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Stuart Little by E. B. White
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Stuart Little (original 1945; edition 2000)

by E. B. White

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6,88478527 (3.85)93
Member:Eowyn1
Title:Stuart Little
Authors:E. B. White
Info:Puffin (2000), Edition: Film Tie-in Ed, Paperback, 144 pages
Collections:Your library, English, E-book, Read
Rating:****
Tags:children's

Work details

Stuart Little by E. B. White (1945)

  1. 40
    The Mouse & the Motorcycle by Beverly Cleary (cmbohn)
  2. 00
    Half Empty by David Rakoff (Anonymous user)
    Anonymous user: One of the essays discusses the author's identification with Stuart Little as a child
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» See also 93 mentions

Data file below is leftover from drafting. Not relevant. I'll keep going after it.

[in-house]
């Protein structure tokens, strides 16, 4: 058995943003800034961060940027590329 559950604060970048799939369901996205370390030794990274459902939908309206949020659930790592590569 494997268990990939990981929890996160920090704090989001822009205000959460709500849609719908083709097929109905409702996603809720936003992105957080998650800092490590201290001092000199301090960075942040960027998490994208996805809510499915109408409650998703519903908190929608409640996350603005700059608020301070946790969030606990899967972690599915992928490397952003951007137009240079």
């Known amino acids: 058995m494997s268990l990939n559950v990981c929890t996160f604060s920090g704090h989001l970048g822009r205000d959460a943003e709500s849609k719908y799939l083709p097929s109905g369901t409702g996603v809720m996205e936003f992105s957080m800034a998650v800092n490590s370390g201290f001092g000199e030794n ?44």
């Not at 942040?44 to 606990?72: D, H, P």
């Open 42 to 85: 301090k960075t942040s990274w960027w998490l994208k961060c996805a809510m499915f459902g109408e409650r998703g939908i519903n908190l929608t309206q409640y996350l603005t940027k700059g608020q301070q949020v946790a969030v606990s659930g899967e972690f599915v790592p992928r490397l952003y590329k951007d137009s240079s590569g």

Showing 1-5 of 78 (next | show all)
In the book Stuart little, Stuart goes on many adventures. For instance he was in a model boat race, he saved his mom's ring down the drain, and he is thrown out in the trash. Margalo is a friend of Stuart. One day she gets a letter that tells her that she is in danger. She flies away, and Stuart looks for her. On the way Stuart meets people, and briefly is a substitute teacher. I liked this book because it had adventures. I recommend this book to people who like adventure. ( )
  EliW6 | May 25, 2015 |